Lily Ohm - Henri Cartier-Besson Research
1. The artist that I chose is a photographer named Henri Cartier-Bresson. He was born in 1908, in Normandy, France. After taking many drawing and painting courses in Paris Cartier-Bresson began taking photographs. Cartier-Bresson was interested in the motion of everyday movements and worked to successfully capture this motion in his photographs. He has published over 30 books and appeared in many exhibits all around the world, his first in 1933 in New York.
2. This motion that Cartier-Bresson captured was interesting to him because it could make the most mundane actions or gestures beautiful and of great importance. They could also convey an array of emotions, depending on the way Cartier-Bresson composed each photograph. He was a master of capturing â€śthe decisive moment.â€? He knew exactly how to compose the image and when to snap the shot. He was driven by wanting to capture the motions of everyday life, and always wanted to reveal something in his pictures that would normally be lost because it was mundane. He draws the viewerâ€™s attention to things that one would not normally notice, and as a result, the viewer sees objects or people in a completely new way. This reminds me a little of how Chris Ofili used elephant poop in his artwork. Normally, poop is not something that people would consider beautiful, just as people would not consider everyday gestures and motion particularily beautiful or eye-catching. Both artists, although in very different ways, took everyday things and portrayed them in a new way. Ofiliâ€™s may have been much more controversial, yet, I think they both had the same goal in mind.
3. Another one of Cartier-Bressonâ€™s goals was to capture the essence of his subjectsâ€™ beings. His portraits are very personal and, because of this, the viewer is able to interact with the photograph free of restrictions. The viewer can feel a connection with the subject because of the way that Cartier-Bresson displays the subjects as themselves. I think that the intimate nature of Cartier-Bressonâ€™s portraits could be compared with Nan Goldinâ€™s photographs. Both photographers work hard to display the true side of their subject. While Cartier-Bresson took these photos with the intent of them being more than a snapshot for himself, they are like Nan Goldinâ€™s because of this. Neither photographer creates a false representation of their subject while they are photographing. Goldinâ€™s photos are much more snapshot-like, and she only photographs people she actually knows on an intimate level. Cartier-Bresson, in comparison, often shot celebrities and people he didnâ€™t know as intimately, perhaps making his job more complex and difficult. However, both photographers do capture the essence of their subjectsâ€™ being. A difference in the photos of these two artists is actually the final product. Nan Goldinâ€™s photos often look as if they were made with a cheap or disposable camera. The lighting is often poor and they look like she was taking them for her personal collection, not to be art (she did indeed take some of the photos with no intent of them being displayed). This adds to the character of them, and makes them feel like real life. Cartier-Bressonâ€™s photos are all well developed and professional in appearance. His are all also black and white photos, while Goldinâ€™s work is in color.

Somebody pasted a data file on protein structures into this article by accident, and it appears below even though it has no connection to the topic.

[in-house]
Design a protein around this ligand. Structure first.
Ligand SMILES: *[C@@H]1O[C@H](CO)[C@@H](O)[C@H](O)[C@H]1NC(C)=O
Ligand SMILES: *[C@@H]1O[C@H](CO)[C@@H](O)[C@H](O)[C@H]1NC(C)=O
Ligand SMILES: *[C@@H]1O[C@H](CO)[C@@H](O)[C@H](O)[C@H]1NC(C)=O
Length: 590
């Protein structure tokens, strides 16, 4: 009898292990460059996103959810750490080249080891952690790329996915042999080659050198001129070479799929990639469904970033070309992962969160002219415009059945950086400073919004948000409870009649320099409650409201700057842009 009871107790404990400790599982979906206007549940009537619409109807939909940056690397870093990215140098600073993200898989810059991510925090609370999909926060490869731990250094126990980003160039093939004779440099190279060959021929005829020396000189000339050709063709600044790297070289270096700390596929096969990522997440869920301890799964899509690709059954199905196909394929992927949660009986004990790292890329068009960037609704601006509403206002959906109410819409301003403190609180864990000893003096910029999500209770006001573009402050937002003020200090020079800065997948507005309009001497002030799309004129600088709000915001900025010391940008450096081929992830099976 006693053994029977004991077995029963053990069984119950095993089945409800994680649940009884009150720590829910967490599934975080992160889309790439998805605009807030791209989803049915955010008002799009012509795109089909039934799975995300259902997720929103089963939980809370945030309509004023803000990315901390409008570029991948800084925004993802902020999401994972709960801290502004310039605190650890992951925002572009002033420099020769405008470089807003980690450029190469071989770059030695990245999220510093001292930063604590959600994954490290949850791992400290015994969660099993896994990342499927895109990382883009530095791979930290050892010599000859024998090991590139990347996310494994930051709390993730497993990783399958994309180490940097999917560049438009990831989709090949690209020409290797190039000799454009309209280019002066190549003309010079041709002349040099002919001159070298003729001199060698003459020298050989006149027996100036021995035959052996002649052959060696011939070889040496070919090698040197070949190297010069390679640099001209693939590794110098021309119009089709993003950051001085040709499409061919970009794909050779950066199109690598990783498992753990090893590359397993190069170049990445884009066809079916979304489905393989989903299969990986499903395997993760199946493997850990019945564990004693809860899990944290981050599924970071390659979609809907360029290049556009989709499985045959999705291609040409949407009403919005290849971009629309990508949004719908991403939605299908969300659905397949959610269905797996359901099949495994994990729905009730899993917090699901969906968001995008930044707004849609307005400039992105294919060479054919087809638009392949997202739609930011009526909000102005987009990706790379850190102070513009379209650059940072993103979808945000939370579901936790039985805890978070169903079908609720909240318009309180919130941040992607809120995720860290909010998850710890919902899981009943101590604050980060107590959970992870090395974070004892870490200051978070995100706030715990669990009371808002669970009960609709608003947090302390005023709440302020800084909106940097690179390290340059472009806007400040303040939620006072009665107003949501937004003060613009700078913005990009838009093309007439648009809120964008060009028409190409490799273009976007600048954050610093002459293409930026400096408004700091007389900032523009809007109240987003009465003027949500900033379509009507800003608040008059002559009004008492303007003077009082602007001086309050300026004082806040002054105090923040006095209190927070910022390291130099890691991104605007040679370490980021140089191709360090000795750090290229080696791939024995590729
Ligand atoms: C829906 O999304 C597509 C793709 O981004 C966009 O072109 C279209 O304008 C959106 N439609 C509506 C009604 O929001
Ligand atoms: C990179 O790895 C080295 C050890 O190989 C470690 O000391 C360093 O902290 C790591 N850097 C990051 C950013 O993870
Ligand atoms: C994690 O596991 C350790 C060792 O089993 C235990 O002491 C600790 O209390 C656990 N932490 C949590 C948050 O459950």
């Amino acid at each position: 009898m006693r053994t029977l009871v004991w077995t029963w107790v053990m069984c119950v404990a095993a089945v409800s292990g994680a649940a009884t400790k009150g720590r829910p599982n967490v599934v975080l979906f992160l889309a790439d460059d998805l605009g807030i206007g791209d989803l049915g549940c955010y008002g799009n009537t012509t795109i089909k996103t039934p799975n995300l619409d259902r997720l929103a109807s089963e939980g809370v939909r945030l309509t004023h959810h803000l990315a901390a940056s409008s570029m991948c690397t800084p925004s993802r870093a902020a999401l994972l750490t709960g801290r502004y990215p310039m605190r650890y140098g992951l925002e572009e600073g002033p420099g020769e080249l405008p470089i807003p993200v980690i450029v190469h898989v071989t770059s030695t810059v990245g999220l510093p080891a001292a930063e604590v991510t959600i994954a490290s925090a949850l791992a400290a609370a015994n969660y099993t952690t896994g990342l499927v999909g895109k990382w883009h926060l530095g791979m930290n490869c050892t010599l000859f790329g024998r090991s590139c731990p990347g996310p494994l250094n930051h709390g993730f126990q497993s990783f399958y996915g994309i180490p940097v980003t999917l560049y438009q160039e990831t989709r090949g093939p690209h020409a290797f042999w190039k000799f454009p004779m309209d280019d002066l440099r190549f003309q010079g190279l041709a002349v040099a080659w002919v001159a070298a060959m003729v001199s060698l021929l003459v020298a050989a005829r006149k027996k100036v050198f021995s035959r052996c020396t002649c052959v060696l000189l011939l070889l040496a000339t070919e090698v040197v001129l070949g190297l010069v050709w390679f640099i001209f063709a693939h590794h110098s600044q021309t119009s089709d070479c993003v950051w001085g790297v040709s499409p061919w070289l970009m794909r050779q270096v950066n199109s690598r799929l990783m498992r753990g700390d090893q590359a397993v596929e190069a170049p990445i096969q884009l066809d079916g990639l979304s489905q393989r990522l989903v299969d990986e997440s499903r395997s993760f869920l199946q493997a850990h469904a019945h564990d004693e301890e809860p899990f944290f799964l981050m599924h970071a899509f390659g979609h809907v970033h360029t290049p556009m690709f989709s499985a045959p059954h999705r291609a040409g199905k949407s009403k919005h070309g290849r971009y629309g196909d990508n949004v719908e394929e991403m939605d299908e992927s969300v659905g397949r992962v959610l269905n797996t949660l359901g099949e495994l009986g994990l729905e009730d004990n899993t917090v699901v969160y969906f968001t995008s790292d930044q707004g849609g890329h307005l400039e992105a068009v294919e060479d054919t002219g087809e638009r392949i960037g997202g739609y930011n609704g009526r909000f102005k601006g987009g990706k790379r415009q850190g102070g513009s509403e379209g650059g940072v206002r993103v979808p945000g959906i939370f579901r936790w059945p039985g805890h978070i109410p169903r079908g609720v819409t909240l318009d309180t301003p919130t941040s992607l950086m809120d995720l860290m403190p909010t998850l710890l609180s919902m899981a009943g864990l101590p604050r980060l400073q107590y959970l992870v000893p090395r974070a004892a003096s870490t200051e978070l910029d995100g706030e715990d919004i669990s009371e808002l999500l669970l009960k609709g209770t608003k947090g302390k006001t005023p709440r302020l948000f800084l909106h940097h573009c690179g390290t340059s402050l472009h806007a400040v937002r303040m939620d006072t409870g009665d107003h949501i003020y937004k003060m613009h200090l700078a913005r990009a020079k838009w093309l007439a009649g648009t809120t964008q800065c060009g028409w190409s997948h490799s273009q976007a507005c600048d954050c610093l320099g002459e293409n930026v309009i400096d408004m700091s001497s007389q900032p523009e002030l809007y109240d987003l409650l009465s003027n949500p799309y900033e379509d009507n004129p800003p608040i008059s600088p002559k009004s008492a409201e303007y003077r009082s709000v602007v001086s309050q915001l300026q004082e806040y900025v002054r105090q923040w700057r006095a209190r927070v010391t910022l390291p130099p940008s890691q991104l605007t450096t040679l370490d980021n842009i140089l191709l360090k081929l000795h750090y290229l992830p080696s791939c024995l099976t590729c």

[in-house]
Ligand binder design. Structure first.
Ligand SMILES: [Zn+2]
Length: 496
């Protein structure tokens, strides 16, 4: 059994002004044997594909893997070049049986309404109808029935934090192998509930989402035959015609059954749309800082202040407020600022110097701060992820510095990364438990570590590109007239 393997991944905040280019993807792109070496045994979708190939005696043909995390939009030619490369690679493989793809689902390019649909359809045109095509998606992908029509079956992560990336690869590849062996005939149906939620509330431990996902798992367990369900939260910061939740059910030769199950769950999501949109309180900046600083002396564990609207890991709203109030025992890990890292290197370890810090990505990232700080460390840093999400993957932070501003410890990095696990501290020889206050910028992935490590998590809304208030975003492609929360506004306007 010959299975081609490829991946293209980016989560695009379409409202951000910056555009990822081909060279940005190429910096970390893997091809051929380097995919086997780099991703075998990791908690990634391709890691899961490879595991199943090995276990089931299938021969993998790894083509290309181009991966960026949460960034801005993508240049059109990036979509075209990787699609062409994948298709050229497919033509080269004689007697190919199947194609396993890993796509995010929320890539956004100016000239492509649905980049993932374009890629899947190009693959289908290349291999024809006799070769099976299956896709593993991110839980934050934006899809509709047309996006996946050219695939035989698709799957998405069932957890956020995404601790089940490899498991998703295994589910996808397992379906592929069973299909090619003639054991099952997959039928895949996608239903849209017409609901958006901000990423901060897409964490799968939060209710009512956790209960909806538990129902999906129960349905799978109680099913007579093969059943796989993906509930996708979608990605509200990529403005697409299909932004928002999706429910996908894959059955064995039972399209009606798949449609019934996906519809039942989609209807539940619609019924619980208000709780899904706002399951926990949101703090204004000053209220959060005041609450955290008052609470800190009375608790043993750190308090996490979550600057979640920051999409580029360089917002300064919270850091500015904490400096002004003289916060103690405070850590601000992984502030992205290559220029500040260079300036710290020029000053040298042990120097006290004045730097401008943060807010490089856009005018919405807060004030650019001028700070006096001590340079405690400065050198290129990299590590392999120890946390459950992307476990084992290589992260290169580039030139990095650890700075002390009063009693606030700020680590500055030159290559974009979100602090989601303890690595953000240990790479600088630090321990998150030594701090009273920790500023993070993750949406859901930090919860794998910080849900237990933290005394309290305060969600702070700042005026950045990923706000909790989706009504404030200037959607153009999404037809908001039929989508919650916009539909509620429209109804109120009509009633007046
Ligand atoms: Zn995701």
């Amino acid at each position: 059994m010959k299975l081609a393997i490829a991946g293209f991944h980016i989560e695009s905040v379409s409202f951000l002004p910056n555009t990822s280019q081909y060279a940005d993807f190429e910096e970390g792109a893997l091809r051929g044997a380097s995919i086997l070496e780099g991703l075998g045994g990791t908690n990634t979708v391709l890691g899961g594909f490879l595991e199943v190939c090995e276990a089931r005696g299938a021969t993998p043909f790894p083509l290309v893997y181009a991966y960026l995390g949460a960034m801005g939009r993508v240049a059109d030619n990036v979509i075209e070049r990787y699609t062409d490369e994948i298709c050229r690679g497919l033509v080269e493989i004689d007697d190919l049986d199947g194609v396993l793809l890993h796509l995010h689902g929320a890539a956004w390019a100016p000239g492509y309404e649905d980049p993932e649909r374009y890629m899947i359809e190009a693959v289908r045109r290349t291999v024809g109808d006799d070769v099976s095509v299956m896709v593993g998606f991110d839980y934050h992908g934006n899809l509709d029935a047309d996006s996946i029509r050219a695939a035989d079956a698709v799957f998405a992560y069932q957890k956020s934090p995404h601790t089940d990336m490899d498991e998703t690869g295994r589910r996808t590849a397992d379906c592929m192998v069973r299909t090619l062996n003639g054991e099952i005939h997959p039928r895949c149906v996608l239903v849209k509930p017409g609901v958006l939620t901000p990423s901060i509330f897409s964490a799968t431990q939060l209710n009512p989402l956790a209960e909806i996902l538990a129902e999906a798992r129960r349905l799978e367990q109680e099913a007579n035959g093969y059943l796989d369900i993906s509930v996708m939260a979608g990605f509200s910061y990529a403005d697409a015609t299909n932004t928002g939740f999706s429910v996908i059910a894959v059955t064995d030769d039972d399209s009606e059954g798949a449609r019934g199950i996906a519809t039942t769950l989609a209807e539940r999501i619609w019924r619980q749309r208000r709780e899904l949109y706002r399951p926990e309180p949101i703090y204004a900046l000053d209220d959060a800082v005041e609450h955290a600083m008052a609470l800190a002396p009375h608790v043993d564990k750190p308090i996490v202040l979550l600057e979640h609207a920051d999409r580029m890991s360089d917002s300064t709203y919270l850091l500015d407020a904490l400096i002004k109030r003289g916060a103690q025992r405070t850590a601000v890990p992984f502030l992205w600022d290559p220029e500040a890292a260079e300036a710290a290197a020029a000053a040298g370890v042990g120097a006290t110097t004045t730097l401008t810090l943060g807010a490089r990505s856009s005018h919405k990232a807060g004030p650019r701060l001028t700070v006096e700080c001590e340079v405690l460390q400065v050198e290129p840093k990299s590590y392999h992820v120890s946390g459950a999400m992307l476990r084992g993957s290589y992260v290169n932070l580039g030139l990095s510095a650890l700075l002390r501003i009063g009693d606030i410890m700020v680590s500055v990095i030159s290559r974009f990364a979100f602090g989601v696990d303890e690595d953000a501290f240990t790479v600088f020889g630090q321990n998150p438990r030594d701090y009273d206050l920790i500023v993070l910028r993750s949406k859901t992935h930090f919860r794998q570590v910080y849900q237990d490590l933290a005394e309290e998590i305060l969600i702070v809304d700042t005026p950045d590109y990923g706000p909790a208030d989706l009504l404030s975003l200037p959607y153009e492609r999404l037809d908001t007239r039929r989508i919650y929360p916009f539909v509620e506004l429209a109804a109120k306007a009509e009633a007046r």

4. I would most definitely recommend that people look at the work of Cartier-Bresson. His portraits are extremely captivating and there is a lot of viewer interaction because of the way Cartier-Bresson composes the image. One of my favorite pictures of his that I saw was called â€śPlace de l'Europe. Gare Saint Lazare.â€? This is an example of Cartier-Bressonâ€™s ability to capture â€śthe decisive moment.â€? His timing was perfect in capturing the man right before his foot breaks the surface of the water. If it had been taken a split second later the picture wouldnâ€™t be successful. Cartier-Bressonâ€™s timing when taking his pictures is incredible and I think that everyone should take the time to appreciate his amazing photographs.
Magnum Photos. Henri Cartier-Bresson.
(This is a great site that lists the books that Cartier-Bresson has published and it has a great slide show of some of his most famous photos, all of which are intriguing and beautiful).
Banville, John. â€śThe leica leonardo Photography Henri Cartier Bresson always wanted to be a painter. His debt to the Renaissance shines through his finest work, says the novelist John Banville.â€? The Sunday Telegraph. Nov 26, 2006.
(This article from LexisNexis Academic talks about Cartier-Bressonâ€™s ability to
capture the decisive moment, along with a lot of very interesting background about him and his first exhibition).
Henri Cartier-Bresson's Photographs: